3D printing is becoming increasing popular every time we talk about it. With the ability to have a working prototype of a design in mere hours, rather than weeks, people can innovate and get their new products out into the market faster than ever before. Now car manufacturers are getting into the 3D printing game with some new prototypes that have been working on.
Recently, rookie Ford engineer Zach Nelson developed a shift knob that vibrates to let the driver know when it is time to change gear. Using a MakerBot® Thing-O-Matic™ 3D printer, he was able to custom mold a shift gear with a LED digit display driver as well as a mini-USB port. Combined with an Arduino controller and a Xbox 360 controller’s vibration motor, the shift knob can vibrate to let the driver know when it believes it needs to shift gear.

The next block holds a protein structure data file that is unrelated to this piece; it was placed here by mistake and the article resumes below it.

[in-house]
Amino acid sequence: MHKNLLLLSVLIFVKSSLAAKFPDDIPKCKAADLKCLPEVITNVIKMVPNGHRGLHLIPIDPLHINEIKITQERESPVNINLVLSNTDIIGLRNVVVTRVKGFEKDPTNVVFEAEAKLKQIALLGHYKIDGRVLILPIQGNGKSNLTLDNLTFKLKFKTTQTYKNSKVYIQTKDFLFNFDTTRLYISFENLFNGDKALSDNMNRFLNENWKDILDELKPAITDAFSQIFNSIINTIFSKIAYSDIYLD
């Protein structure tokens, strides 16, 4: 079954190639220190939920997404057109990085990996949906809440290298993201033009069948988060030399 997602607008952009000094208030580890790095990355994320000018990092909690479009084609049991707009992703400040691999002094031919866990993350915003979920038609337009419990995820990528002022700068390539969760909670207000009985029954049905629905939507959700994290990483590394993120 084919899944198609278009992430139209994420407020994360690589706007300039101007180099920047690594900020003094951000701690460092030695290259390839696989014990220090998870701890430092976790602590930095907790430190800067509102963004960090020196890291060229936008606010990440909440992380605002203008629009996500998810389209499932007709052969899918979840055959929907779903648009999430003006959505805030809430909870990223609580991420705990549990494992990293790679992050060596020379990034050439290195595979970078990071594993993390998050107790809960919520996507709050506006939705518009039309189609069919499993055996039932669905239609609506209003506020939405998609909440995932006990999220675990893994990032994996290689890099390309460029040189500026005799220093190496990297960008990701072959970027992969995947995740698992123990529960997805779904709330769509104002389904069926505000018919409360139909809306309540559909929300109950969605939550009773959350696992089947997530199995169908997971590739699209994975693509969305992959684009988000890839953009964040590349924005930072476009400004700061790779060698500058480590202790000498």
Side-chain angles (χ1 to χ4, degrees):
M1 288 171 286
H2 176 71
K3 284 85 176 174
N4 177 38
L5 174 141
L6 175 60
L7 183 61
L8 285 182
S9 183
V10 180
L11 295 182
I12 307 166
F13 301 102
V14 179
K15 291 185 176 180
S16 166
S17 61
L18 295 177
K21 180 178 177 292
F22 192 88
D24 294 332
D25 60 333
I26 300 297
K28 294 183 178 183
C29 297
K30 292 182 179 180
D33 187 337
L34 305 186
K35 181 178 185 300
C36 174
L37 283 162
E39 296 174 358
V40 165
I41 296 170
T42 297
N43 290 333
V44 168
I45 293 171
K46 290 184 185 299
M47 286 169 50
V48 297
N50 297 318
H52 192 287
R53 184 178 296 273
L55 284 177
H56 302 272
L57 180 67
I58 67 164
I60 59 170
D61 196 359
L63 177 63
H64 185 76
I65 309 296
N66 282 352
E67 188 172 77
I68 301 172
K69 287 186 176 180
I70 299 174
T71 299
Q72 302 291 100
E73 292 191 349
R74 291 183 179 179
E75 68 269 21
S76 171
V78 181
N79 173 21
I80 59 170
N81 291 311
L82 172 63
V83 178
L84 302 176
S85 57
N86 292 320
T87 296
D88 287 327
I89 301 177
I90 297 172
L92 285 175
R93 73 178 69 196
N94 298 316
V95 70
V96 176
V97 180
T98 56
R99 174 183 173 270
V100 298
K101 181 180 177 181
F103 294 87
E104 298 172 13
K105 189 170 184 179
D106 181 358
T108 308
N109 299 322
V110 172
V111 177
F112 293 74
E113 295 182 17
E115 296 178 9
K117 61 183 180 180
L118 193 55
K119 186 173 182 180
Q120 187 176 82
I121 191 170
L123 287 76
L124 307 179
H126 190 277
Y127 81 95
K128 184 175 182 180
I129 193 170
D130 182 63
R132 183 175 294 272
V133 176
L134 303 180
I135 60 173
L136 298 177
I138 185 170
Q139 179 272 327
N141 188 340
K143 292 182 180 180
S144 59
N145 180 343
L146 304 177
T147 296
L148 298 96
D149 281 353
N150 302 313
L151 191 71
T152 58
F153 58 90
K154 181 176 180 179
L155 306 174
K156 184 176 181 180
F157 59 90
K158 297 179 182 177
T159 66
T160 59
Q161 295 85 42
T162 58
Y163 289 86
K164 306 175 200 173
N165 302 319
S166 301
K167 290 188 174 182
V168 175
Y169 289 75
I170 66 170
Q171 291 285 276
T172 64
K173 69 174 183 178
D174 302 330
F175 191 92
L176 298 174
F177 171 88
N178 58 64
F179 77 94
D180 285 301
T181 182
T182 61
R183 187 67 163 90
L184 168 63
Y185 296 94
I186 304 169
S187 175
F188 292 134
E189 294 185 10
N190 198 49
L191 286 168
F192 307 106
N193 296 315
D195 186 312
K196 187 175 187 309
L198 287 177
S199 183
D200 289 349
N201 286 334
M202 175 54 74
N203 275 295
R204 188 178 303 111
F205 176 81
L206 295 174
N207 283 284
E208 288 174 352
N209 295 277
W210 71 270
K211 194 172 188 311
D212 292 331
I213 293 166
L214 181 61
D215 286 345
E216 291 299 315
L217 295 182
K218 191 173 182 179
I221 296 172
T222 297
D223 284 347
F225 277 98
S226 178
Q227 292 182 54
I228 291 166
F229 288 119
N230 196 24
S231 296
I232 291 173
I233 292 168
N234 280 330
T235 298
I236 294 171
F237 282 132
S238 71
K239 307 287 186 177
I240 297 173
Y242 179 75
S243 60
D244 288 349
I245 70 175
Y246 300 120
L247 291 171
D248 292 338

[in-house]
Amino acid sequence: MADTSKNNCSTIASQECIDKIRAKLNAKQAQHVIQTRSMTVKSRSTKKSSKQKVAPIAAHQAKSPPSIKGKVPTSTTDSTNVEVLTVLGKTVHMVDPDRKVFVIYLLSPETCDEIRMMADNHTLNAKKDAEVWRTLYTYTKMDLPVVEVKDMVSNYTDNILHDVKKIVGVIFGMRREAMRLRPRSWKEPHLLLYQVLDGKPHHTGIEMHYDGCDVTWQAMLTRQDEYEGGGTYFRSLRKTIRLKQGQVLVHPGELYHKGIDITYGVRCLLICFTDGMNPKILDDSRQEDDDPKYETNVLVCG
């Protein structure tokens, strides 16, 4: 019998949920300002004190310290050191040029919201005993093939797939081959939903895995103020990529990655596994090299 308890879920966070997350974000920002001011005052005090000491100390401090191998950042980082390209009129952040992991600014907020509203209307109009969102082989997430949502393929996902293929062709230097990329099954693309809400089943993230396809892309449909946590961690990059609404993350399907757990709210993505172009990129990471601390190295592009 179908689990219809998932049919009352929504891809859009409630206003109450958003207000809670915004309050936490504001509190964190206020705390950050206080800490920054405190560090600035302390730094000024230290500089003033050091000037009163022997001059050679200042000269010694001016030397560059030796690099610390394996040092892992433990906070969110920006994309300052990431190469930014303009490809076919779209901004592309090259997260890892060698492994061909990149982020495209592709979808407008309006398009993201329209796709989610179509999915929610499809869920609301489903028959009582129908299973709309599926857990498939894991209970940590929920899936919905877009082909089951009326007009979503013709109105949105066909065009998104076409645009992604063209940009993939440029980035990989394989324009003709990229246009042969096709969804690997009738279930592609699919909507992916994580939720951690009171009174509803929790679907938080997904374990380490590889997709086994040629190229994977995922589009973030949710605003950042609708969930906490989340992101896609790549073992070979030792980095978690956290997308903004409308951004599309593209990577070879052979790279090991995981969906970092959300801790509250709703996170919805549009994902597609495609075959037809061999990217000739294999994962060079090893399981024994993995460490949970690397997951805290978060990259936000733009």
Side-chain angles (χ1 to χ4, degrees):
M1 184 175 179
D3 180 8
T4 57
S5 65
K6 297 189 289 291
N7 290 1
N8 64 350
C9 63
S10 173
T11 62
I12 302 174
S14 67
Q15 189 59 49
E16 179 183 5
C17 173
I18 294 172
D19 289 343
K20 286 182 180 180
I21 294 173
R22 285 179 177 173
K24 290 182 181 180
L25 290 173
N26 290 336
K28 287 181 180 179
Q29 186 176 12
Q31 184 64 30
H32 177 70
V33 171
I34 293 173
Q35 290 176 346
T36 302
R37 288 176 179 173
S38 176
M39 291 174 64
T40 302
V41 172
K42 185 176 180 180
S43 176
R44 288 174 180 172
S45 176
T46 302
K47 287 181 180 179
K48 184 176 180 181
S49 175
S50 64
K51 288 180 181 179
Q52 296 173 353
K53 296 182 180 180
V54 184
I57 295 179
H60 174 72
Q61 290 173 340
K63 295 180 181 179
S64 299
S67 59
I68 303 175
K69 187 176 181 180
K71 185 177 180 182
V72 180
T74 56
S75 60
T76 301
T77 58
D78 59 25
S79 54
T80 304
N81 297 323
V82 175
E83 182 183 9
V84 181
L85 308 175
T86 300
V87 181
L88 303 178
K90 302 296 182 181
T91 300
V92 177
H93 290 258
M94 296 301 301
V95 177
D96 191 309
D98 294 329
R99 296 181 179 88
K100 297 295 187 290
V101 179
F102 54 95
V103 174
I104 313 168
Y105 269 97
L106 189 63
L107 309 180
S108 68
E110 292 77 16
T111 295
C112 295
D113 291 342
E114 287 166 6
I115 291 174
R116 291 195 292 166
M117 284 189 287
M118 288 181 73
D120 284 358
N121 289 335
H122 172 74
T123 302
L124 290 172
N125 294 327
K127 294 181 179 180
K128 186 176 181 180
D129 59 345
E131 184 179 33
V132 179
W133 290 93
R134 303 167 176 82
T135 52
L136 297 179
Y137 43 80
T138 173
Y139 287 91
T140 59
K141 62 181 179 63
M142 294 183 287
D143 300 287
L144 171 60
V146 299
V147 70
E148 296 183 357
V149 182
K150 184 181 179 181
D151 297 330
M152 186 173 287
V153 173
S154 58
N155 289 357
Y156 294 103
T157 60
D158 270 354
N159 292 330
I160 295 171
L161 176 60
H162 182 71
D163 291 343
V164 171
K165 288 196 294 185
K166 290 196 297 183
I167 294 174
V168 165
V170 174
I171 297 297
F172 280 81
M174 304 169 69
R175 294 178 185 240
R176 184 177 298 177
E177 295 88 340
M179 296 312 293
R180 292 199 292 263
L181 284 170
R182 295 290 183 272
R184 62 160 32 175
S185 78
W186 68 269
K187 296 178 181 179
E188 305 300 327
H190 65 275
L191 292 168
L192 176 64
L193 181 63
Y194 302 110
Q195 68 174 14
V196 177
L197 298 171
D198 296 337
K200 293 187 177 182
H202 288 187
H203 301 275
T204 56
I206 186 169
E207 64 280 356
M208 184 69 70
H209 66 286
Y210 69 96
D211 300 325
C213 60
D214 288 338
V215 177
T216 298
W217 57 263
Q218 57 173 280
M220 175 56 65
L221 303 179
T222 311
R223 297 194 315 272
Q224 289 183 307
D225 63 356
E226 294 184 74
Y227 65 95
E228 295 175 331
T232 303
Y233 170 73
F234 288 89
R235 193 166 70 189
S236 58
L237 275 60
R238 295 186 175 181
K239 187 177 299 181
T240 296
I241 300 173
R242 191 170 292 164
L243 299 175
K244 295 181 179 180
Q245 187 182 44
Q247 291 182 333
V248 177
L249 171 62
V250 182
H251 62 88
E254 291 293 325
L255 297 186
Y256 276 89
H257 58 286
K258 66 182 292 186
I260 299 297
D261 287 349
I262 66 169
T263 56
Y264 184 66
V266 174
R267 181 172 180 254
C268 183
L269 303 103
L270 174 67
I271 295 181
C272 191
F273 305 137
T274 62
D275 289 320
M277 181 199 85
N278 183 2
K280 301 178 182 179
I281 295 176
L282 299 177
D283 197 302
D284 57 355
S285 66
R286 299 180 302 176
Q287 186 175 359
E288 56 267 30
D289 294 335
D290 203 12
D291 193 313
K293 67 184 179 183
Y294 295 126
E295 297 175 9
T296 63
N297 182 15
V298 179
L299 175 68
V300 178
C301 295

Running behind the shift knob is Ford’s own OpenXC software and hardware platform that allows developers to create apps that takes advantage of the car’s on-board diagnostics port. Receiving information on the car’s speed, revolutions per minute, accelerator pedal position, break pedal position, etc.
Zach Nelson used a OpenXC adapter to receive real-time engine data containing the car’s RPM, speed and pedal position and created an app to calculate the optimum shift points of a manual transmission. When it determines an optimum shift point has been reached, it sends a signal to the knob telling it to vibrate to let the driver know it is time to change gear.
As of right now, the project is using a tablet to receive signals from the car’s OBD-II port and a mini-USB cable to send shift signals to the knob, but plans to not need a tablet when it comes out to consumers. You can see the project at the OpenXC Platform’s website.